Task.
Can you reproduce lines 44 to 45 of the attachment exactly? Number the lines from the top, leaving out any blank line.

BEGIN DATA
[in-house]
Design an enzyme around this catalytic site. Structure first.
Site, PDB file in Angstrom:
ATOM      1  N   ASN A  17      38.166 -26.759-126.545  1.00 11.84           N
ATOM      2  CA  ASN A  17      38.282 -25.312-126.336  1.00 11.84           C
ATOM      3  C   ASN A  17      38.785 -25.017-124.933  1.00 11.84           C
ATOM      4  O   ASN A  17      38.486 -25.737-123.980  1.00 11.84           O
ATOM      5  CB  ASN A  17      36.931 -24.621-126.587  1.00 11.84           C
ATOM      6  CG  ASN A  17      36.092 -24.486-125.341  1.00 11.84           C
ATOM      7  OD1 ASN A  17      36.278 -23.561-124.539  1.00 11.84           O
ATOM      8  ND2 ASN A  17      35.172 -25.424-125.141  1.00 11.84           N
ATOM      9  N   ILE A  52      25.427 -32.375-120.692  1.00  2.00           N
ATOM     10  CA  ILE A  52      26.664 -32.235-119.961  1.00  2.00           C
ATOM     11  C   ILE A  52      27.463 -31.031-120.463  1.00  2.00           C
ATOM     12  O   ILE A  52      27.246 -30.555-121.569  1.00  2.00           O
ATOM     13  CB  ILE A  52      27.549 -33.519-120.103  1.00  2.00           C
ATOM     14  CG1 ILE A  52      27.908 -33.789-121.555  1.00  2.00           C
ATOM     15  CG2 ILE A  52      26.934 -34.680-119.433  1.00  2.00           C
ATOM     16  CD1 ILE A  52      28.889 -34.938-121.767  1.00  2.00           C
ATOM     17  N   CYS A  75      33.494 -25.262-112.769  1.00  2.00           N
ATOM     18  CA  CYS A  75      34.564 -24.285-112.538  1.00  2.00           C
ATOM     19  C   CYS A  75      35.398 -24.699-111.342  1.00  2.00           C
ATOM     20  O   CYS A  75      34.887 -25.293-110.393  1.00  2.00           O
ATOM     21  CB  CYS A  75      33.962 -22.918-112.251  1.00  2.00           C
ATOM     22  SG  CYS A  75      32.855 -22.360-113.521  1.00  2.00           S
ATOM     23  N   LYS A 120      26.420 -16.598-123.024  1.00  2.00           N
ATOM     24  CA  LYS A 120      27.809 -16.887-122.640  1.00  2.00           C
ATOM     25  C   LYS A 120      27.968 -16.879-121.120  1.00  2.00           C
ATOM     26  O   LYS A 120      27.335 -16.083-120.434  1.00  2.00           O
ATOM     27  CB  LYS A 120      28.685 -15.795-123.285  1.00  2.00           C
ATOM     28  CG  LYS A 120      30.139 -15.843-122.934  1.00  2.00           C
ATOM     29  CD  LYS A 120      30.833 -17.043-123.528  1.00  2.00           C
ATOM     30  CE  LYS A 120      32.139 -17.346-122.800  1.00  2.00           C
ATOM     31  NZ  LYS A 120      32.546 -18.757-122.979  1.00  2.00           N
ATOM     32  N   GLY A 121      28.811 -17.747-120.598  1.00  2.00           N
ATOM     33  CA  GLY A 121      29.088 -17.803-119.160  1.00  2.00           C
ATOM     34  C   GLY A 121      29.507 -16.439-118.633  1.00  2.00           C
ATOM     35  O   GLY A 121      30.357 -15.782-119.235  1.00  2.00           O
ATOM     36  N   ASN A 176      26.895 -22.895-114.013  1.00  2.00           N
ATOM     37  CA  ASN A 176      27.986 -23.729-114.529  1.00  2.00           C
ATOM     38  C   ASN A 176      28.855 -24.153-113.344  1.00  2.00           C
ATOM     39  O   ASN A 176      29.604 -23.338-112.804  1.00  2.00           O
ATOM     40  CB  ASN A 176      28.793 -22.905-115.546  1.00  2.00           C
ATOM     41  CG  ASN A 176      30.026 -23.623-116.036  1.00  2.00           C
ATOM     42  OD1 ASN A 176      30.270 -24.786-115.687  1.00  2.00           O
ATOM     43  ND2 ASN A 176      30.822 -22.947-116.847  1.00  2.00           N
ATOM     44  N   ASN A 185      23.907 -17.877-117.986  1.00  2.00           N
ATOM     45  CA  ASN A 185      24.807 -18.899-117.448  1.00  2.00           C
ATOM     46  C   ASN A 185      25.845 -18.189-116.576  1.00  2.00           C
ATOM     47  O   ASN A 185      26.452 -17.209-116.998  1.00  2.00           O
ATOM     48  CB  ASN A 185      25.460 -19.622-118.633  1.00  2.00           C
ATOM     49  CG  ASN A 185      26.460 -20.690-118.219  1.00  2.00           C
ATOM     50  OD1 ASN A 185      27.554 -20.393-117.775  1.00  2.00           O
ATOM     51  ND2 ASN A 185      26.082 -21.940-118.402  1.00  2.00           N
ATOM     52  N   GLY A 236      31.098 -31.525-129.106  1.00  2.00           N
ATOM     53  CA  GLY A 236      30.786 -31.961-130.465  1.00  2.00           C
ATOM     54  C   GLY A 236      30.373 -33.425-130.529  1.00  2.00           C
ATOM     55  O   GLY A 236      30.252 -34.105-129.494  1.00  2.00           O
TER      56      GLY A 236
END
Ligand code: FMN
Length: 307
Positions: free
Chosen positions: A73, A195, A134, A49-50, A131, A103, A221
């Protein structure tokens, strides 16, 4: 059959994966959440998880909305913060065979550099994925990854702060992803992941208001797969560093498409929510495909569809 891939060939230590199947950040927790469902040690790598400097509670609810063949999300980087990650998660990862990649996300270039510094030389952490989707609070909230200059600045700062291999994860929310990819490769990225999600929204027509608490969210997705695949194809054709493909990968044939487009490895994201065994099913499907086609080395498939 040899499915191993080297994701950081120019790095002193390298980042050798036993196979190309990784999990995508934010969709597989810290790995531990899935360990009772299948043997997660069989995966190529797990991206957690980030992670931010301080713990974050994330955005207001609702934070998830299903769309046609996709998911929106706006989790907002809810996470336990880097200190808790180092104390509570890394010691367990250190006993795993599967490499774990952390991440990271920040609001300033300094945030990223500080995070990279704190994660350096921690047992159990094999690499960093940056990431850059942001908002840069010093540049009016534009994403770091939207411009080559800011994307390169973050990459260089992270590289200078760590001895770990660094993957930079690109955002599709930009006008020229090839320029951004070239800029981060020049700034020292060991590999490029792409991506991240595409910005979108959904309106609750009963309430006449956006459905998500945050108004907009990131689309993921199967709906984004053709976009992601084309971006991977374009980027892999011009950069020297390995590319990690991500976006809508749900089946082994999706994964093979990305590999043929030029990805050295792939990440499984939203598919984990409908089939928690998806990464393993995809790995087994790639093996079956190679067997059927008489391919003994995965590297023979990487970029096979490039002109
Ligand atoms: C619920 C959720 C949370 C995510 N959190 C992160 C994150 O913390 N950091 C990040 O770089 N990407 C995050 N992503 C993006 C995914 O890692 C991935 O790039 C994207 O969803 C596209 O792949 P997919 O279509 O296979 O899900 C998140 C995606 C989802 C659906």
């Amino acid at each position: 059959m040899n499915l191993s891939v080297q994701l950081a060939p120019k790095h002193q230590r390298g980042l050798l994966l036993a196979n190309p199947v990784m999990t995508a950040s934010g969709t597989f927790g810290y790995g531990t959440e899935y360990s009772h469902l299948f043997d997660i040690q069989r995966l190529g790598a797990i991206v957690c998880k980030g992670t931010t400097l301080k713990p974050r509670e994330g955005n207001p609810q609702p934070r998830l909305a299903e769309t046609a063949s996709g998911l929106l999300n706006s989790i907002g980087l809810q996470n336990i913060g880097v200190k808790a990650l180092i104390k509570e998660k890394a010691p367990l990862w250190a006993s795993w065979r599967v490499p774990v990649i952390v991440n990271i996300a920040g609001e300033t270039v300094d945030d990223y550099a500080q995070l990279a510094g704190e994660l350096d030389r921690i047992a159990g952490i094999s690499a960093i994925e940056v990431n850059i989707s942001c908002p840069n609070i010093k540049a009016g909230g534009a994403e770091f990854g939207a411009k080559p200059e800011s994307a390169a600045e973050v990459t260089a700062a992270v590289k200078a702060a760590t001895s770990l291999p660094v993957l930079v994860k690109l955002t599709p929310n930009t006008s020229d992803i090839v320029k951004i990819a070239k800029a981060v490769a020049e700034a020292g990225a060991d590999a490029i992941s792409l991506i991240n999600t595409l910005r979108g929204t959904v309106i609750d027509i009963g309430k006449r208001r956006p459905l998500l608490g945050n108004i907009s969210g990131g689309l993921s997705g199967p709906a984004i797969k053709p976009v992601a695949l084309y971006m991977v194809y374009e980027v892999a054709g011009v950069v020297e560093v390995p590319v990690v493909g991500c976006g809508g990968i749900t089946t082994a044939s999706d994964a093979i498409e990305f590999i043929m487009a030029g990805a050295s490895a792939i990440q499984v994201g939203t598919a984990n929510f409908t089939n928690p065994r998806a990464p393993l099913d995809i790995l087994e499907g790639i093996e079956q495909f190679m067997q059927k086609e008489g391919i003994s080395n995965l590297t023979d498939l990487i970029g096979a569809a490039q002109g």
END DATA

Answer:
ATOM     41  CG  ASN A 176      30.026 -23.623-116.036  1.00  2.00           C
ATOM     42  OD1 ASN A 176      30.270 -24.786-115.687  1.00  2.00           O